Convinced that the murder was accidental and committed in self-defense, the Wada family rallies around the fragile girl, vowing to protect her from prosecution, and save the family name from disgrace. But the family’s cleverly and carefully laid plans go awry. The police find obvious clues that lead them directly to Chiyo. But the clues are too obvious; so obvious that Jane begins to suspect sabotage. But who would betray the gentle Chiyo in such a way?

Each year the Wada family gather to celebrate the New Year at a villa near Mt. Fuji hosted by Yohei Wada, the head of the Wada Pharmaceuticals company. It is meant to be an intimate family celebration but this year a stranger joins them, an American student named Jane Prescott who has been invited by Chiyo, one of the youngest members of the family, to help her work on her English thesis.

Soon after arriving Jane is warned by a family member about the men in the family’s reputation for womanizing, noting that this is true even of those men who have married into the family. A short while later this seems to be confirmed when Chiyo emerges from Yohei’s bedroom, her arms covered in blood, saying that he had tried to proposition her and, when she threatened to kill herself rather than sleep with her Great Uncle, he attacked her causing her to accidentally stab him in the chest.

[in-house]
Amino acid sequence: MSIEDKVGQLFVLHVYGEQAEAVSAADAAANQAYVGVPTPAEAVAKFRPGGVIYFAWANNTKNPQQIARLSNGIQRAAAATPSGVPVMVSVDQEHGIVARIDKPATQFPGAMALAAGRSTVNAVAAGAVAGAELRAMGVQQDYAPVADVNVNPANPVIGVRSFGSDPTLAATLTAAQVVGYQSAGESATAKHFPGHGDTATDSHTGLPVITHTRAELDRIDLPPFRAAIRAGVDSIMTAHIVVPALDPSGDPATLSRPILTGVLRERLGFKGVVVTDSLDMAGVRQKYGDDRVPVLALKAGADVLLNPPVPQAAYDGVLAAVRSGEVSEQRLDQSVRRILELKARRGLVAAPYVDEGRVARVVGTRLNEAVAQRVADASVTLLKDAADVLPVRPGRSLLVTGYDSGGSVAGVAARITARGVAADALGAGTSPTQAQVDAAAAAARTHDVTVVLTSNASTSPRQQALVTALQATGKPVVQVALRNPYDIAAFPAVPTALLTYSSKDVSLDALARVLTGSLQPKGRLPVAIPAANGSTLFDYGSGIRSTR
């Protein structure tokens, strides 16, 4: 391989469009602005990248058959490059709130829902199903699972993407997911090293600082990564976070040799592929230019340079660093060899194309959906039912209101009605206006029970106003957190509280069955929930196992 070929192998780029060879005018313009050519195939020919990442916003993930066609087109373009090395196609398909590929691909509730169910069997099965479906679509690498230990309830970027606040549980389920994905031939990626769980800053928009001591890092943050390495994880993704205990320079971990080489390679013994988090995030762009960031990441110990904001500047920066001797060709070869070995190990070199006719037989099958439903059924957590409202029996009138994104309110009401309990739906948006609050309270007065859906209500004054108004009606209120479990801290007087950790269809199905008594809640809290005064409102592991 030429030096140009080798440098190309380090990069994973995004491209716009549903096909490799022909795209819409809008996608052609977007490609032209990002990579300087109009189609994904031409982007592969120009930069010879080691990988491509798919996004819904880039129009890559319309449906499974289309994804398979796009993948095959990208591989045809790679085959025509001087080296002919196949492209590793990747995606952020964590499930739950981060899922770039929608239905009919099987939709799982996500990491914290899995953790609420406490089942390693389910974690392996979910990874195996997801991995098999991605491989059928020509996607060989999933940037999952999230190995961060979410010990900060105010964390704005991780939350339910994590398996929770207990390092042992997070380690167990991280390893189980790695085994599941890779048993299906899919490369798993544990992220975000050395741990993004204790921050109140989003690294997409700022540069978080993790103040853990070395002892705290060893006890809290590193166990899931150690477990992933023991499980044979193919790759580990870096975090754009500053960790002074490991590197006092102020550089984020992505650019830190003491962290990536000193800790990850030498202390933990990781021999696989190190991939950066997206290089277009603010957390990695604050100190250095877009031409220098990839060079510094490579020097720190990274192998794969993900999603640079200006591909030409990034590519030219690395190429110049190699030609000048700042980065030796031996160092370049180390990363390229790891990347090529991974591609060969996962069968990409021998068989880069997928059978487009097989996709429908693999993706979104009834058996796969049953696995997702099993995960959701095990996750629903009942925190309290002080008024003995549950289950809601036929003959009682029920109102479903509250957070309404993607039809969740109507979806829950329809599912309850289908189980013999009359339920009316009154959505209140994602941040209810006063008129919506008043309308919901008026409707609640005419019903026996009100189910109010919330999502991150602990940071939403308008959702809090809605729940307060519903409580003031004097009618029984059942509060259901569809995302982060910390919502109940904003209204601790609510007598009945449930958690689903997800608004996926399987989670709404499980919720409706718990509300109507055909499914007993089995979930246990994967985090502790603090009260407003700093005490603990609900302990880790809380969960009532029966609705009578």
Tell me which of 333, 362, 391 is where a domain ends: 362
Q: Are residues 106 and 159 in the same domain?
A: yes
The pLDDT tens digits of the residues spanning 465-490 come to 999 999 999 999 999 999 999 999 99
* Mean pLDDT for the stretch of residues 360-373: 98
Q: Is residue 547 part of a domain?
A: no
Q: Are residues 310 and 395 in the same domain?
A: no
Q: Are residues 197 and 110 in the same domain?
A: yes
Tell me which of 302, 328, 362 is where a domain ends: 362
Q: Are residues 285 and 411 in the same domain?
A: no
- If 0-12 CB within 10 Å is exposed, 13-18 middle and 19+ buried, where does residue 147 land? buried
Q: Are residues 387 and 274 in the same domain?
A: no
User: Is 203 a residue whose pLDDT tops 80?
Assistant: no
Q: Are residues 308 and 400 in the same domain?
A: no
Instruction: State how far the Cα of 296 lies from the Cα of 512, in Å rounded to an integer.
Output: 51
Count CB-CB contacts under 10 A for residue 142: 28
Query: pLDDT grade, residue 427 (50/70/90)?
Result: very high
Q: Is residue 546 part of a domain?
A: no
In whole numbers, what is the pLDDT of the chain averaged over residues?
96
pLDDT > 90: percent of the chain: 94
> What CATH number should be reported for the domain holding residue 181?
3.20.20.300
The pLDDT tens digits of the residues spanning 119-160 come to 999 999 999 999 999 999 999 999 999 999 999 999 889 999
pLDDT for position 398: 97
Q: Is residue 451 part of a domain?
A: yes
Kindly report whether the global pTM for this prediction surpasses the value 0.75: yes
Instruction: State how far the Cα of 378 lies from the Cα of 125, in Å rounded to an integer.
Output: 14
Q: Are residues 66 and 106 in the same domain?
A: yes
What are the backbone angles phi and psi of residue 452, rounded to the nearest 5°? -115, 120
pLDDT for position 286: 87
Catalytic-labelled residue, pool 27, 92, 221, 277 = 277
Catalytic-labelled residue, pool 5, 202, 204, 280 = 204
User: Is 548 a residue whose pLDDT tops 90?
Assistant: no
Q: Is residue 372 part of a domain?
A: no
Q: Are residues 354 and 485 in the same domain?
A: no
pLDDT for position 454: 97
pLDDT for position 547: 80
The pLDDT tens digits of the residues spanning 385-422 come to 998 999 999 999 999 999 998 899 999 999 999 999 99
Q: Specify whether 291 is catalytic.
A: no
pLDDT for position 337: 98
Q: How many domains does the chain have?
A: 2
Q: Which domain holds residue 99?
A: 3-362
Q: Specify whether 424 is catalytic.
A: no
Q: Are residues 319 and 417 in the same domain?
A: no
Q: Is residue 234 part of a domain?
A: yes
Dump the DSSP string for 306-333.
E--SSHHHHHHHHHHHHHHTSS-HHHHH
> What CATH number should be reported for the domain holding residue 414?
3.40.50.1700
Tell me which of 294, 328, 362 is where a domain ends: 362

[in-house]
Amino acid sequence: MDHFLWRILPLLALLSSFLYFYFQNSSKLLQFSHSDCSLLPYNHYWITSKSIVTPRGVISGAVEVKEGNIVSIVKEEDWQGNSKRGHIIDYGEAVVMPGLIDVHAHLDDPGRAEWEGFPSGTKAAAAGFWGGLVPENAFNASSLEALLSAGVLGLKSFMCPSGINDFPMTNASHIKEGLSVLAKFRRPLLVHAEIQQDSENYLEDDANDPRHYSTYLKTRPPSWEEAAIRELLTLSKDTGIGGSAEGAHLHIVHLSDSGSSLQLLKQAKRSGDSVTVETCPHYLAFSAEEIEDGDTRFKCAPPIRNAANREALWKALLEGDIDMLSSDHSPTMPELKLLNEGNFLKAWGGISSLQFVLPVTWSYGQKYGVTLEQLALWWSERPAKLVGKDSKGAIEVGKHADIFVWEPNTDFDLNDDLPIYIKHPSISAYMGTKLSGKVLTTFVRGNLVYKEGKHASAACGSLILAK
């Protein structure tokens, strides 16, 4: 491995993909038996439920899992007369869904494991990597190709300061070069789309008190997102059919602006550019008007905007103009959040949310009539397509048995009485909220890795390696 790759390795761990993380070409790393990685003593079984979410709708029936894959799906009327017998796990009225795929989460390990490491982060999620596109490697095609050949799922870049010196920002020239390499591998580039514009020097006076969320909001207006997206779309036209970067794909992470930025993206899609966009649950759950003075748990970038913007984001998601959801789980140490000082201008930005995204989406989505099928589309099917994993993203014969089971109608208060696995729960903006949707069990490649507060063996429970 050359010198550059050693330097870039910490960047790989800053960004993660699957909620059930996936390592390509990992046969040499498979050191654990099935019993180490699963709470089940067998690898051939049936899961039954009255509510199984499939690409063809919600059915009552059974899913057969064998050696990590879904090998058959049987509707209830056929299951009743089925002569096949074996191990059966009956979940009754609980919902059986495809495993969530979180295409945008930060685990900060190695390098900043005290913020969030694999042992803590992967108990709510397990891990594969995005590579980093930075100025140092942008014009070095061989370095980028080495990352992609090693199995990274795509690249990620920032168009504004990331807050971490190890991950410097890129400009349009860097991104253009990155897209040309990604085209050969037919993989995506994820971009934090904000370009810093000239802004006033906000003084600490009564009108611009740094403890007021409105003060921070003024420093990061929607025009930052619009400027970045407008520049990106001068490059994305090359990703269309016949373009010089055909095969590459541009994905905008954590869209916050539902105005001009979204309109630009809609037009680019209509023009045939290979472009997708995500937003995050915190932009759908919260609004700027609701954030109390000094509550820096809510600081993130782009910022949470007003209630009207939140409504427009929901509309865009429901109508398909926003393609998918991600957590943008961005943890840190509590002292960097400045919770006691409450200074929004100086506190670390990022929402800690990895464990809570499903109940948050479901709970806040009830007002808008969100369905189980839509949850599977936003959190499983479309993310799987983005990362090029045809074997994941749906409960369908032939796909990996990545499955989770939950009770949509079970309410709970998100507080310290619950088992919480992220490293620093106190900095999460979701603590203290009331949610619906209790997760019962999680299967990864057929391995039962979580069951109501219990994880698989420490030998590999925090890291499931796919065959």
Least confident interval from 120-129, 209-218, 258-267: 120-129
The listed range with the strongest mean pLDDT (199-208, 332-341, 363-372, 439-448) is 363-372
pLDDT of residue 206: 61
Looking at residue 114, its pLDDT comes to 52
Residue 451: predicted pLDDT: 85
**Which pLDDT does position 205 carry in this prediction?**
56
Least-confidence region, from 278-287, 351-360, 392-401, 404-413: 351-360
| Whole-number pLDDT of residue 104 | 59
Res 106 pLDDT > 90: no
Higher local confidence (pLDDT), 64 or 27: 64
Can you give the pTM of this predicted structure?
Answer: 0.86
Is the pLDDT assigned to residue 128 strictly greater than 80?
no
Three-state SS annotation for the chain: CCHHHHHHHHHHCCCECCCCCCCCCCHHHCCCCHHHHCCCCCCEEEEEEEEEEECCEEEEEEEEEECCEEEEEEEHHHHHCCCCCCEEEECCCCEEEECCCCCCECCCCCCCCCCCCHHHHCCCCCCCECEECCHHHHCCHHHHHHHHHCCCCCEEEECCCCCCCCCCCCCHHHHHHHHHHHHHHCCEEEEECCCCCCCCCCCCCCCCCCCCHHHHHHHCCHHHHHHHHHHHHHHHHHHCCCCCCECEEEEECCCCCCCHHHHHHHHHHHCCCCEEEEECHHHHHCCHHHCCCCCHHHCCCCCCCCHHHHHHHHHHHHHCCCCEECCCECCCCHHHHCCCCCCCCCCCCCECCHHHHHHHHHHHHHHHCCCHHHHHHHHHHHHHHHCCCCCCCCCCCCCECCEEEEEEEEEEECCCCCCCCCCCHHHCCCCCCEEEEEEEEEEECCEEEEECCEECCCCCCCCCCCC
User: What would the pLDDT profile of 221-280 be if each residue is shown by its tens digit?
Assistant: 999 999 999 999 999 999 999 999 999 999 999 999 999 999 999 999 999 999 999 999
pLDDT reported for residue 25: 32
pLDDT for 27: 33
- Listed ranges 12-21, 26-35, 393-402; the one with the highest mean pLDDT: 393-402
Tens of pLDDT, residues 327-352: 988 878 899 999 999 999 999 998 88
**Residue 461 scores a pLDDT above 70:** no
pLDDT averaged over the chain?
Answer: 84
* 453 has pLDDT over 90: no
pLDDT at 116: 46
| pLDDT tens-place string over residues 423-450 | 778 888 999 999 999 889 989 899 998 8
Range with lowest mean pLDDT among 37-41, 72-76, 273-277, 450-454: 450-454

The family, each of whom are fond of Chiyo, decide to work together to try and cover up the crime. They develop a plan in which they will send Chiyo back to the city and make it appear that an outsider broke into the home later that night. This means finding ways to mask the timeline, leading to some interesting trickery. Unfortunately however all their hard work is undone when the Police arrive and we are left to wonder if someone in the family is sabotaging their efforts.

Crime fiction readers today are quite used to the idea of reading fiction in translation but when Murder at Mt. Fuji was first released in translation it was much more novel. Only a handful of Japanese mysteries had been translated at that point and so it appears that there was some concern about whether American readers would be comfortable trying something that may have felt very foreign to them. The result was not only a title change, taking us from The Tragedy of W to the much clearer Murder at Mt. Fuji, clearly establishing both the locale and it being a genre work, but there are apparently also some other significant changes to the story with a character being rewritten as an American student. For more on that see Ho-Ling Wong’s blog post about the book which I have linked to below.